Malaysia Elections 2022: Trove of Documents Suggests US Tried to Engineer Soft Coup

Reports of US government support for anti-UMNO campaigns filtered through to the media weeks after the 2018 vote, with observers digging up an array of NED-sponsored activities propping up the opposition, including generous funding for local “pro-democracy” and “anti-corruption” NGOs, media fronts, law firms, and “human rights” advocacies.

(Sputnik International) – Malaysians went to the polls on Saturday for general elections. The vote comes in the midst of a major political crisis which has plagued the country for several years. Sputnik has obtained documentary evidence pointing to an organized campaign by the National Endowment for Democracy and USAID to meddle in the election.

Malaysia has been a US partner for decades. Situated in the South China Sea, half the country juts out of continental Southeast Asia, with the other half located on the island of Borneo in the Malay Archipelago. The nation has over a dozen islands off its shores in the South China Sea, the Strait of Malacca, and the Sula and Celebes Seas. In addition to being rich in hydrocarbons and fishing resources, these areas are critical global shipping lanes that account for trillions of dollars in trade each year.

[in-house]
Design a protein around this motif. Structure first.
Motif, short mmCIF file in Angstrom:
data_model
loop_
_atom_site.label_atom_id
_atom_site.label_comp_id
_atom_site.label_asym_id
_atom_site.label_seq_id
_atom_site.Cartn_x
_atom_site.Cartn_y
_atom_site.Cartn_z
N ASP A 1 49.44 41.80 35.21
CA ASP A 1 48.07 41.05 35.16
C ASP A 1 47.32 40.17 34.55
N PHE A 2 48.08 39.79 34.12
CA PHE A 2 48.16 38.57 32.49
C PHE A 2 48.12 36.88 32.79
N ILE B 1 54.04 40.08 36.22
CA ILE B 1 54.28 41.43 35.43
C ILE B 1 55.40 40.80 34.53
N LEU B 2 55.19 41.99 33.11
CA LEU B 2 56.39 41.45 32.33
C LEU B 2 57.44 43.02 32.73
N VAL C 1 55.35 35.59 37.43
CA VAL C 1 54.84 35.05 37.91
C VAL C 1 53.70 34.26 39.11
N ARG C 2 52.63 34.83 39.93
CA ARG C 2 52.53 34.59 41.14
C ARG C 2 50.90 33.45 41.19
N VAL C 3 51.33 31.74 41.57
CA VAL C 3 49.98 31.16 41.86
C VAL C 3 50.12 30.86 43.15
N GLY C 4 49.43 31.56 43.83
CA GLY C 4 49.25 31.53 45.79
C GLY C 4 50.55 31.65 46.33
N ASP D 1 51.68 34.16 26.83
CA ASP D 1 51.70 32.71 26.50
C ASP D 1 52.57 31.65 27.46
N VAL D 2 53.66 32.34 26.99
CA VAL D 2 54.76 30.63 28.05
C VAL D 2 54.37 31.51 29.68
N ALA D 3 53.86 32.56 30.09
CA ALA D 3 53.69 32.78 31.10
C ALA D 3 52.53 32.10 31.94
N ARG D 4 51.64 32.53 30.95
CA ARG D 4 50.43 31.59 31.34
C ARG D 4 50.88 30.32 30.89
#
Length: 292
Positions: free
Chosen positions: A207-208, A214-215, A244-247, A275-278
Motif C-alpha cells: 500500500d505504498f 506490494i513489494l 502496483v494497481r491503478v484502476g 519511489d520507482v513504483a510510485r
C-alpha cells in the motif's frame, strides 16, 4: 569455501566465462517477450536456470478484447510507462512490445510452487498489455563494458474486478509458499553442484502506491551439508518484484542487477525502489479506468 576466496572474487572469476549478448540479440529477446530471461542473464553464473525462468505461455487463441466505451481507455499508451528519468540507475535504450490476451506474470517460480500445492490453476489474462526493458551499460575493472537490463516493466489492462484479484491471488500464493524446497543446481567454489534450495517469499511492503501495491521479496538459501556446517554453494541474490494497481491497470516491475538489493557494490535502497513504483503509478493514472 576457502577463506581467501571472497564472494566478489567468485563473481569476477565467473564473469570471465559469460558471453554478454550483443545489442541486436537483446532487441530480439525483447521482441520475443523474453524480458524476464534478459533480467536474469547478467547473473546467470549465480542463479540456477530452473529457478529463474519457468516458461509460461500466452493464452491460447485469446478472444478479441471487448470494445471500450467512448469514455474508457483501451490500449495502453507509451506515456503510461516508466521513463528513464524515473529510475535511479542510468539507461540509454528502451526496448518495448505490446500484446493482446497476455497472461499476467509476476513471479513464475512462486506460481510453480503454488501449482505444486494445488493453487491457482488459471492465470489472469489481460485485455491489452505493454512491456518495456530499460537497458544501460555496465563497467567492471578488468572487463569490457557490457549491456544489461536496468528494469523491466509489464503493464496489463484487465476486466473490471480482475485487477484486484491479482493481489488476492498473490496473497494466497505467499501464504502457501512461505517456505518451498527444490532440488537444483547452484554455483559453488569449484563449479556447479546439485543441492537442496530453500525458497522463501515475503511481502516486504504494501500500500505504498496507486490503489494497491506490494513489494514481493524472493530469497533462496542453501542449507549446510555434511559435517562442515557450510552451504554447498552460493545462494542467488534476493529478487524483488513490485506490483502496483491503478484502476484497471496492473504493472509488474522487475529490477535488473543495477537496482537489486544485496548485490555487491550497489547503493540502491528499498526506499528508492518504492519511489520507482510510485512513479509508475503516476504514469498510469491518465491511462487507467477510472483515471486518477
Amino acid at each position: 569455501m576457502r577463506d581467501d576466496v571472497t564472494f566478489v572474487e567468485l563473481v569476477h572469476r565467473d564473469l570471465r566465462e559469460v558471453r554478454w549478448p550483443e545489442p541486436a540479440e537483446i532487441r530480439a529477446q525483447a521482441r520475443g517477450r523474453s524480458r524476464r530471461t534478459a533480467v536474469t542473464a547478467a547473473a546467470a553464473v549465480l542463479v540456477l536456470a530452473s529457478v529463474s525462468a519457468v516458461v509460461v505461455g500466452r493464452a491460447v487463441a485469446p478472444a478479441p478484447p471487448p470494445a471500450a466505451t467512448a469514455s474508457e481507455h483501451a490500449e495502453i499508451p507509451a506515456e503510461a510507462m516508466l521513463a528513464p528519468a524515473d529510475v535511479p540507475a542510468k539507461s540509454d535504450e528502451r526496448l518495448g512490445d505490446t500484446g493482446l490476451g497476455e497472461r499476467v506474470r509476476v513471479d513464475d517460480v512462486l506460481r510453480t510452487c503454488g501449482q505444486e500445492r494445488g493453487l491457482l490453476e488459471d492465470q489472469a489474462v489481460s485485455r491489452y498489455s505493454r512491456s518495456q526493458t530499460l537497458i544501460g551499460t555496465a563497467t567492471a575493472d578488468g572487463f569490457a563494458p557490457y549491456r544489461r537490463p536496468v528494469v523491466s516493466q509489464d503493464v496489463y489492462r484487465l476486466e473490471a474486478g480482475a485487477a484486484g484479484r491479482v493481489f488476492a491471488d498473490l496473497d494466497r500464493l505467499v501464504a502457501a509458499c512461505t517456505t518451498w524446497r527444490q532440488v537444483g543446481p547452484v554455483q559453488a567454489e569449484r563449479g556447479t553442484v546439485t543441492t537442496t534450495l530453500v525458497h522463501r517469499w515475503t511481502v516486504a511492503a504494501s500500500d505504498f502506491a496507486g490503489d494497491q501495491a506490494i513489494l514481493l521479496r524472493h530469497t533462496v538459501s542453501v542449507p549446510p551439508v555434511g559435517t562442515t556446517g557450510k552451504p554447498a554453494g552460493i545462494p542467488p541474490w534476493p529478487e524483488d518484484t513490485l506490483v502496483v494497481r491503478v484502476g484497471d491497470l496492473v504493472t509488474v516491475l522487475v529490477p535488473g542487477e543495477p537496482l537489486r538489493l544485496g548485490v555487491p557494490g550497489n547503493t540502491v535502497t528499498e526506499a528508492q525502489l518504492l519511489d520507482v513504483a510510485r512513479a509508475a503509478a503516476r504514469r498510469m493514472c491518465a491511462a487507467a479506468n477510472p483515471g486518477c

The US recognized the significance of ties with the kingdom at the end of the 18th century, establishing consular and commercial contracts with peninsular Malaya, predecessor to the modern Malaysian federation, in 1800. During the Cold War, Kuala Lumpur aligned itself with the West against the USSR and China, and Washington and its allies aided the Malaysian government against a series of communist insurgencies between 1948 and 1989.

Today, the US State Department lists Malaysia as an important “security partner,” and recent assistance has included partnering with Kuala Lumpur in support of “maritime security and governance through improved defense and law enforcement capabilities” (code for maritime efforts to counter China), $220 million in security aid, and $1 million a year for the training of hundreds of Malaysian servicemen at US military academies.

With such a legacy and strategic relationship at stake, and amid attempts by recent Malaysian prime ministers to improve bilateral ties with Beijing, or at least abandon the Cold War bloc mentality adhered to in Washington, it should come as little surprise that the US is concerned about whether it will be able to maintain its dominant status in the region.